Category Archives: Insurance

Just Add It To The List

The life of someone with a chronic illness is not easy. Not only do we have to live with the cards we are dealt, but we are constantly bombarded with new ones. Every time a new symptom pops up in our lives, we have to question it: Is it caused by the tremendous stress we are under? Is it a new symptom to a current illness? Is our illness getting worse? Is it, Heaven forbid, a NEW illness?

The sad truth is that those of us with a chronic illness -like fibromyalgia or the plethora of autoimmune diseases out there- are susceptible to developing other illnesses. We can lose track of all the diagnostic labels thrown at us by well-meaning doctors. It is a dirty secret in the fibromyalgia community that none of us have just fibromyalgia. If I counted all my illnesses using my fingers, I would easily need both hands. Now image trying to take medications for all of those! I am lucky enough to have found medications that treat multiple symptoms and illnesses.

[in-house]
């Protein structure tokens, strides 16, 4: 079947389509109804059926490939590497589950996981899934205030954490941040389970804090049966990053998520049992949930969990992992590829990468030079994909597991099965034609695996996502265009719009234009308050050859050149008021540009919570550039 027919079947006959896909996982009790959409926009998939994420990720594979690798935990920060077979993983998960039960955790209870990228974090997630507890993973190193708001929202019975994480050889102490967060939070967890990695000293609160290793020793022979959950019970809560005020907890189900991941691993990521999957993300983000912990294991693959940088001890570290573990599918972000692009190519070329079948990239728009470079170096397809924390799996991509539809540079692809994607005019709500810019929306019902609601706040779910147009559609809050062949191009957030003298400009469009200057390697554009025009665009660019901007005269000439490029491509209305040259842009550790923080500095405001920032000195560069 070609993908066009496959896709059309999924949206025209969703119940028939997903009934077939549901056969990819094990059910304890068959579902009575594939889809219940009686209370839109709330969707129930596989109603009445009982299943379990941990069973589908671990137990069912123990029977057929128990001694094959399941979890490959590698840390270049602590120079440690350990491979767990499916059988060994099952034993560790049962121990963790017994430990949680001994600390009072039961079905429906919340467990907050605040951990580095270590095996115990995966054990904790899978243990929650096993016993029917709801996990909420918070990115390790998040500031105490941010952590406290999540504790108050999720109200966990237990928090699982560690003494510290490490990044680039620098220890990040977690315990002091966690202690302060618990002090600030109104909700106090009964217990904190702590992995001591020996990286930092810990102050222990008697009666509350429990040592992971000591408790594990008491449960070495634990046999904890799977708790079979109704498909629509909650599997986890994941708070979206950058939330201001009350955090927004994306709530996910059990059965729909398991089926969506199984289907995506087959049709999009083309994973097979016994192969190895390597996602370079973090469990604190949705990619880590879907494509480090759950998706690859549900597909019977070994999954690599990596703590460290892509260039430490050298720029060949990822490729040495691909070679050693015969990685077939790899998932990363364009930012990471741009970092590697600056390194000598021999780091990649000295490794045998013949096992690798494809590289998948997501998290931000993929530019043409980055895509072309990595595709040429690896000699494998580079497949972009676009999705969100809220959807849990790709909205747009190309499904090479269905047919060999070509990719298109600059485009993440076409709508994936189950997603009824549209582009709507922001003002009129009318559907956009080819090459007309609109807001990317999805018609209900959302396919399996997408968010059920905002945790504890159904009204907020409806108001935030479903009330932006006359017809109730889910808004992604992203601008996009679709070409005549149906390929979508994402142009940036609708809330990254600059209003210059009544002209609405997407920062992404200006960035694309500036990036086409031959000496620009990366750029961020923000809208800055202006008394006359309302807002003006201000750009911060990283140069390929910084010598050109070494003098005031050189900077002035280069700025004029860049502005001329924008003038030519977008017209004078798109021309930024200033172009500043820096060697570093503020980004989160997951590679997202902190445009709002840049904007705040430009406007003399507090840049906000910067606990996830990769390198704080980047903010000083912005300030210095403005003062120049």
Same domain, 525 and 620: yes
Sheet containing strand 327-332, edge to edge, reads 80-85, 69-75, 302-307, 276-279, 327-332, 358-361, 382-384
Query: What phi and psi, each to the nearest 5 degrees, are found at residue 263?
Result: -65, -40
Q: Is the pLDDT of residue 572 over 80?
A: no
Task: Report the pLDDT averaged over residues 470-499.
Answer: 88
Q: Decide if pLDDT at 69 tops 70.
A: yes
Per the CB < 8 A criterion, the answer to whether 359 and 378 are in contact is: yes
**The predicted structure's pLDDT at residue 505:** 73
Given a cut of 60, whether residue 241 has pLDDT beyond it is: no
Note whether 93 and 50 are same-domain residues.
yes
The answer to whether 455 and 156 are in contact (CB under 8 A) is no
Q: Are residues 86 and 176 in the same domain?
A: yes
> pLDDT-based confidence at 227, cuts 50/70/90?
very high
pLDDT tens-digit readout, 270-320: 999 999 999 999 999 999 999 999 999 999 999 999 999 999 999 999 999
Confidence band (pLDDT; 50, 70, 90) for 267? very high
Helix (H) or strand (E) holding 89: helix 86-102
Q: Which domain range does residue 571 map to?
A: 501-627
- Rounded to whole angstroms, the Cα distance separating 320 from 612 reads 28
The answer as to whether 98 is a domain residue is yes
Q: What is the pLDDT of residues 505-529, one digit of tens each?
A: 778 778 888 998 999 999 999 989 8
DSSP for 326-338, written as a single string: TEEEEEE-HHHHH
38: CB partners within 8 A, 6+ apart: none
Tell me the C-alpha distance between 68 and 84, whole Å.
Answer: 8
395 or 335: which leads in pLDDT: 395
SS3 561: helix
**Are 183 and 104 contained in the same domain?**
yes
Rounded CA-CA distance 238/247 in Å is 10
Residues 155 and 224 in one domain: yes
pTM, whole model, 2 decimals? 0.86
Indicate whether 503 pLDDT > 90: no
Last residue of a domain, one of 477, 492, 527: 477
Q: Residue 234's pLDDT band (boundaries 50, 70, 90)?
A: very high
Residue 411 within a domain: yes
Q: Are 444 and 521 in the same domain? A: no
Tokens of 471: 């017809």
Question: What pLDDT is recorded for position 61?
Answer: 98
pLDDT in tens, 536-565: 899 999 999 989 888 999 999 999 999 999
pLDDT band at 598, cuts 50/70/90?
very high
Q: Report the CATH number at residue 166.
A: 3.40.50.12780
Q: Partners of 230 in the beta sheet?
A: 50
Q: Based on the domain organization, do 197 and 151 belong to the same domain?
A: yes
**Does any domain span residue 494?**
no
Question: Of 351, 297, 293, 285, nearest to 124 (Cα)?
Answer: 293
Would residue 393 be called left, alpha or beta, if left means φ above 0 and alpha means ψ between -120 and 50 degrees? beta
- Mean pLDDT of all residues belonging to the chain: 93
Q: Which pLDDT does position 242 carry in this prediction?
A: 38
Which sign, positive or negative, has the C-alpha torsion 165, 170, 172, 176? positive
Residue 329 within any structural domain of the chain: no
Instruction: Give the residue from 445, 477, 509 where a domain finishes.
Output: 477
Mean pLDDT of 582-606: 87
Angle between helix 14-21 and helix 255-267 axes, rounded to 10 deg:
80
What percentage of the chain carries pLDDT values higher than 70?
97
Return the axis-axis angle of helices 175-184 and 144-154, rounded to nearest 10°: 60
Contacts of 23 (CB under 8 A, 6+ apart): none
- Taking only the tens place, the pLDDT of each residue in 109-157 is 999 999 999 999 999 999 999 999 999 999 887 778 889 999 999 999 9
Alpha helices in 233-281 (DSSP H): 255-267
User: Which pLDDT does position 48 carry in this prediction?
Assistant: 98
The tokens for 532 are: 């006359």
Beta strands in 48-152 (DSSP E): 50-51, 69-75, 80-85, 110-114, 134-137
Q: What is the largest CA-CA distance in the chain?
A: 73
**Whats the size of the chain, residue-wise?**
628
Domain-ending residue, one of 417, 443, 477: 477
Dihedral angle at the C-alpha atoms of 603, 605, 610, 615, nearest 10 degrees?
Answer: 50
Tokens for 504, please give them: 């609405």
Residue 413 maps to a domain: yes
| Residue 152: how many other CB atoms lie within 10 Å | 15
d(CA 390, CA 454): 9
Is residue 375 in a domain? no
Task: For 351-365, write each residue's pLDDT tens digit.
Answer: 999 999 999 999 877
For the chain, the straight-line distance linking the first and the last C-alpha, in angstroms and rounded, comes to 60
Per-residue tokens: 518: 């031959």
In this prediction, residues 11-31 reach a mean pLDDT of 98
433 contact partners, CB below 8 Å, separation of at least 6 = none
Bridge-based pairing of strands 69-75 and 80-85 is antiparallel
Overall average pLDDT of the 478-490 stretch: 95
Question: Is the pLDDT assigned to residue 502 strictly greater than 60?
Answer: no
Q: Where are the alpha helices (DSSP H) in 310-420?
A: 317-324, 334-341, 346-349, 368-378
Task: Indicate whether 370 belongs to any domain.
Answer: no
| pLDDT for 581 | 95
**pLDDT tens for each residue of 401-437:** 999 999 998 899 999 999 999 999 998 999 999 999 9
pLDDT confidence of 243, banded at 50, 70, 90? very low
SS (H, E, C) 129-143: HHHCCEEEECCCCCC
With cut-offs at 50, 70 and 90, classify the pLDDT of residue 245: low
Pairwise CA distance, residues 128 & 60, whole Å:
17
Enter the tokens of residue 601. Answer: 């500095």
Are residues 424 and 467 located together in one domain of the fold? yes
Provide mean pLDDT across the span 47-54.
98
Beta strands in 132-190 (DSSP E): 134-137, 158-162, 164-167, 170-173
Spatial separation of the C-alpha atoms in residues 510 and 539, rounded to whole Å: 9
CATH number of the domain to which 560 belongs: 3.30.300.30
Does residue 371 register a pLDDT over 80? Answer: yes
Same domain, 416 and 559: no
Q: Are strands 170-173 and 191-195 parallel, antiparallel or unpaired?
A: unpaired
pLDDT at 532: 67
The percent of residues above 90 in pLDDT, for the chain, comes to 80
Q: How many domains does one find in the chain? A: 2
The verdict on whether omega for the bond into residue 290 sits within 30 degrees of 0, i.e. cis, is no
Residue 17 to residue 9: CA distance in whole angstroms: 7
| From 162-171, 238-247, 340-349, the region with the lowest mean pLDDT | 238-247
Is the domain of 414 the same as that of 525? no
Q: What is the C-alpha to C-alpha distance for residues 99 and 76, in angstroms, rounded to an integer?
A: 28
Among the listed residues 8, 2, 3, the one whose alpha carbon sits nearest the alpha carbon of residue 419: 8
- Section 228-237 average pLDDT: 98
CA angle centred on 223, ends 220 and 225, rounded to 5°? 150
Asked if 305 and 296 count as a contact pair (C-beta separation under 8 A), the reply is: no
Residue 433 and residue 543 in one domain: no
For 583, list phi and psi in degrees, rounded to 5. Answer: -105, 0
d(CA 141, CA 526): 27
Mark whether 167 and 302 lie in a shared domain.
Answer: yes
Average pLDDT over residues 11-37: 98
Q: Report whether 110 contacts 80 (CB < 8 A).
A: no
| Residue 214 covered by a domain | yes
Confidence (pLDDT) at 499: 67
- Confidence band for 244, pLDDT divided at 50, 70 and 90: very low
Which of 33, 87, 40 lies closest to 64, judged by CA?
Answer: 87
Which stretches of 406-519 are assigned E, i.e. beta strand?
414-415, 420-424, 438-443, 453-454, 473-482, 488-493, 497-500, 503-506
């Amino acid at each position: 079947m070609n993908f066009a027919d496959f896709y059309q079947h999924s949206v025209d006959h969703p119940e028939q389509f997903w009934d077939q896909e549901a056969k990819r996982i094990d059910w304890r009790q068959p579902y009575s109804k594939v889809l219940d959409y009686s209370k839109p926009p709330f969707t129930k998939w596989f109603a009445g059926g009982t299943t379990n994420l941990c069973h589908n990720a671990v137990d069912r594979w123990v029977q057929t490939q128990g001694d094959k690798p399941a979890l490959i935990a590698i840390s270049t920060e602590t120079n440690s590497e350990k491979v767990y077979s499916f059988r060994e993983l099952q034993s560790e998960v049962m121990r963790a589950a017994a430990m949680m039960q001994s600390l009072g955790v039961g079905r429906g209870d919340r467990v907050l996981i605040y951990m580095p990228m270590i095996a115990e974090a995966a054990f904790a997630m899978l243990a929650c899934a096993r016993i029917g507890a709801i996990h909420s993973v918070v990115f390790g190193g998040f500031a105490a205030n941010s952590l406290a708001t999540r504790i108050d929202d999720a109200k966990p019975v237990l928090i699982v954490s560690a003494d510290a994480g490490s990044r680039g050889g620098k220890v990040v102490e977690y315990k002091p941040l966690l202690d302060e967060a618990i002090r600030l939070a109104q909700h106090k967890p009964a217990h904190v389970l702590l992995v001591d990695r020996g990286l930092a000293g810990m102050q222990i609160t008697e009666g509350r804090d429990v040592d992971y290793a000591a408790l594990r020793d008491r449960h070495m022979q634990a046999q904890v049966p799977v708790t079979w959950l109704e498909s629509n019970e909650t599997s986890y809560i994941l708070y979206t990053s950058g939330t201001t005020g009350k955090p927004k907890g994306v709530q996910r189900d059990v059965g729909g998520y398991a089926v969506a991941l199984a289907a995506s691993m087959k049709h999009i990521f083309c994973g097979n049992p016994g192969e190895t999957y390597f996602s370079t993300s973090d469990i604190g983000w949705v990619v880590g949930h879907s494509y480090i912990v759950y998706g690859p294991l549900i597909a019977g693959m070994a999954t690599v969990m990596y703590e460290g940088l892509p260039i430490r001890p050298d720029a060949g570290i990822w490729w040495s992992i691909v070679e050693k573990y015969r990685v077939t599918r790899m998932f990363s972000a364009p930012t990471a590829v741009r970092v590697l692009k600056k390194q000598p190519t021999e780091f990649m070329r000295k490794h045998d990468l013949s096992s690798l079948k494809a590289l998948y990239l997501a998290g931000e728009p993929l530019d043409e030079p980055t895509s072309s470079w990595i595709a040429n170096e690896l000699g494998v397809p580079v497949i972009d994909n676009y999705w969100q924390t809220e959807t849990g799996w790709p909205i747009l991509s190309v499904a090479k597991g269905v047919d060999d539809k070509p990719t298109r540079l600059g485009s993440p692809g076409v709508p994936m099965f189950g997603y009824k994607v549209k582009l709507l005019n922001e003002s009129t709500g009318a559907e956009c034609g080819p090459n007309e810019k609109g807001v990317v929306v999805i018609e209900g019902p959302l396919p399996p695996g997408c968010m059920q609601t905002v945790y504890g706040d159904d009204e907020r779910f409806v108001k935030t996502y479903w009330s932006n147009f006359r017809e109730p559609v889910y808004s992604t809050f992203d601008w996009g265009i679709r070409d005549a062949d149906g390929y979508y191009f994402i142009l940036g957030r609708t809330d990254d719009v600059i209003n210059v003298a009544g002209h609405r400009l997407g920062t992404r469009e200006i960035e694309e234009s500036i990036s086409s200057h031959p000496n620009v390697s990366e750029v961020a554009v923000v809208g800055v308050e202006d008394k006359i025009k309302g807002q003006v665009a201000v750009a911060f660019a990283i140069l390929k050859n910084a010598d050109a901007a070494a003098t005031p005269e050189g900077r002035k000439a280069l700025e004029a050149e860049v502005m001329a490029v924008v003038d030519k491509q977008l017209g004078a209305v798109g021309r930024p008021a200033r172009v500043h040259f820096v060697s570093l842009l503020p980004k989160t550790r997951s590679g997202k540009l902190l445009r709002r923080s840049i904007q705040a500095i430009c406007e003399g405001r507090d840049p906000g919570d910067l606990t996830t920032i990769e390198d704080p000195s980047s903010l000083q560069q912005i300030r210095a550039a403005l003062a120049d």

Recently, I succumbed to family pressure to jump down the rabbit hole of medical tests yet again. After enduring so many tests in the past with little to no helpful results in the end, I was not eager to go through them again. However, my symptoms were not getting any better and those who care for me were very worried. For three years I was losing weight at a steady rate without intentionally changing anything I was eating or doing. I would have flare ups of symptoms for discreet amounts of time – e.g., nausea, vomiting, abdominal pain, bloating, inability/desire to eat, feeling full quickly.